The sun was setting fast so we hurried on to Bend, our destination for the night. We drove the scenic route, but only got the headlight view, up the mountains, through dense forest to the pass at the top, where the landscape changed to a barren moonscape of nothing but basalt rock. At one point we tried pointing our headlights at the promised view, but to no avail. At least we got to see the stars, as the clouds had cleared overhead. We got out of the truck and experienced absolute silence and a magical view above, the Milky Way thick across the sky. As soon as we crossed onto the other side of the mountains the forest changed, still thick with evergreens, but a different type – ponderosa pine, with a layer of grass beneath.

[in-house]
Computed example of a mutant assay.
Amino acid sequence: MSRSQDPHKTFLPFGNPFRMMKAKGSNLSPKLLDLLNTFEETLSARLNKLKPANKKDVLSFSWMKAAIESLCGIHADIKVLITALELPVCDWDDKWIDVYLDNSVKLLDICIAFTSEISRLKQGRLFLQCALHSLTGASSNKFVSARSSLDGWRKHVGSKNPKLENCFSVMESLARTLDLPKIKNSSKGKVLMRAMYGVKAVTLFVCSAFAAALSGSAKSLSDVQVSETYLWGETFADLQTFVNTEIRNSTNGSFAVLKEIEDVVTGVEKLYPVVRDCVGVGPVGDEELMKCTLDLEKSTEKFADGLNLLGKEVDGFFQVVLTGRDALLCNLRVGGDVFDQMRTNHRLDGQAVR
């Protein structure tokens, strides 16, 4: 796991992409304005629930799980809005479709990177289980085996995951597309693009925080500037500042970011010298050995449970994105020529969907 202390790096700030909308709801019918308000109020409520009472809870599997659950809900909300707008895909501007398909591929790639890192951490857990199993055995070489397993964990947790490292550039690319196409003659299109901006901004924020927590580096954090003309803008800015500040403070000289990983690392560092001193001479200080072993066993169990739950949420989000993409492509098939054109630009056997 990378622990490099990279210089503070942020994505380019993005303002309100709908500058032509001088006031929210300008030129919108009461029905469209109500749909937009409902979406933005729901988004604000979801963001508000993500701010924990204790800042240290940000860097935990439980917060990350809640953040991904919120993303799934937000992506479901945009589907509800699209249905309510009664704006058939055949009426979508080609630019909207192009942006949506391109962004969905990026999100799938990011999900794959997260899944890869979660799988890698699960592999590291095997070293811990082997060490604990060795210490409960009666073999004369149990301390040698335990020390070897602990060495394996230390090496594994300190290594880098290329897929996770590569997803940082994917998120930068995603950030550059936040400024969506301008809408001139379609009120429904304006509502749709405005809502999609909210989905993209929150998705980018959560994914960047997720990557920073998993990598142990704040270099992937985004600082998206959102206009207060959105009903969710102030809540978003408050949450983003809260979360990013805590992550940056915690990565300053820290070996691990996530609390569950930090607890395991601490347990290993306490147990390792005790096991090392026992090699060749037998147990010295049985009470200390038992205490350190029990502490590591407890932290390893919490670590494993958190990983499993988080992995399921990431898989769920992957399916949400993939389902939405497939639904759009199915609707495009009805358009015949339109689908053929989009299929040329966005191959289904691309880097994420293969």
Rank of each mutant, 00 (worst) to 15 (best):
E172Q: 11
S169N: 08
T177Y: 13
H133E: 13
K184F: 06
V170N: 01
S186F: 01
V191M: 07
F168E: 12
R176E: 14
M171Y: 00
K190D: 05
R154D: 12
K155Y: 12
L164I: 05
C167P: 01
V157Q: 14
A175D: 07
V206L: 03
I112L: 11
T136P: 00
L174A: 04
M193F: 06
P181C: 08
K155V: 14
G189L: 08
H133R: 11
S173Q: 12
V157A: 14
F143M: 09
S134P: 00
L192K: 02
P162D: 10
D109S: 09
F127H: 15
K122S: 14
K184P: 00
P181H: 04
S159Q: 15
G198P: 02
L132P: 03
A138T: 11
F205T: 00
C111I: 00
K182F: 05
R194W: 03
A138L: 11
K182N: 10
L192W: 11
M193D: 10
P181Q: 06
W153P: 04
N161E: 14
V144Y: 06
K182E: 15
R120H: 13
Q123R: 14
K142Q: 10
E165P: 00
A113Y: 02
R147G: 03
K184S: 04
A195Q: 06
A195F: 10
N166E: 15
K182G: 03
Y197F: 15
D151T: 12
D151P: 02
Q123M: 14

I relished getting to explore this new landscape the next day, because it was the setting of my grandpa’s stories from his early childhood. His dad worked as a lumberjack, cutting down that pine for the Shevlin-Hixon lumber company until Grandpa was 11 years old. He described it as a paradise for kids and one of the places they explored (unsupervised!) was the lava caves. These have been made into a park and we planned to tour them, but alas, it was a Tuesday and the sign blocking our entrance said, “Closed Tuesday and Wednesday.” We followed a different sign to a waterfall and discovered that the near-by picnic grounds were where the Shevlin-Hixon Company’s annual Labor Day picnics had been held. Grandpa had told me about these too, how they had games for the children like climbing a greased pole or wrestling a greased pig, along with more typical baseball games and relay races. For the adults the company laid down a brand new wood floor each year for dancing. These stories are detailed in the book I wrote, “Grandpa Ranney’s Stories: From Pioneer Days to the Present,” which I was able to verify can be found in the Bend Historical Center.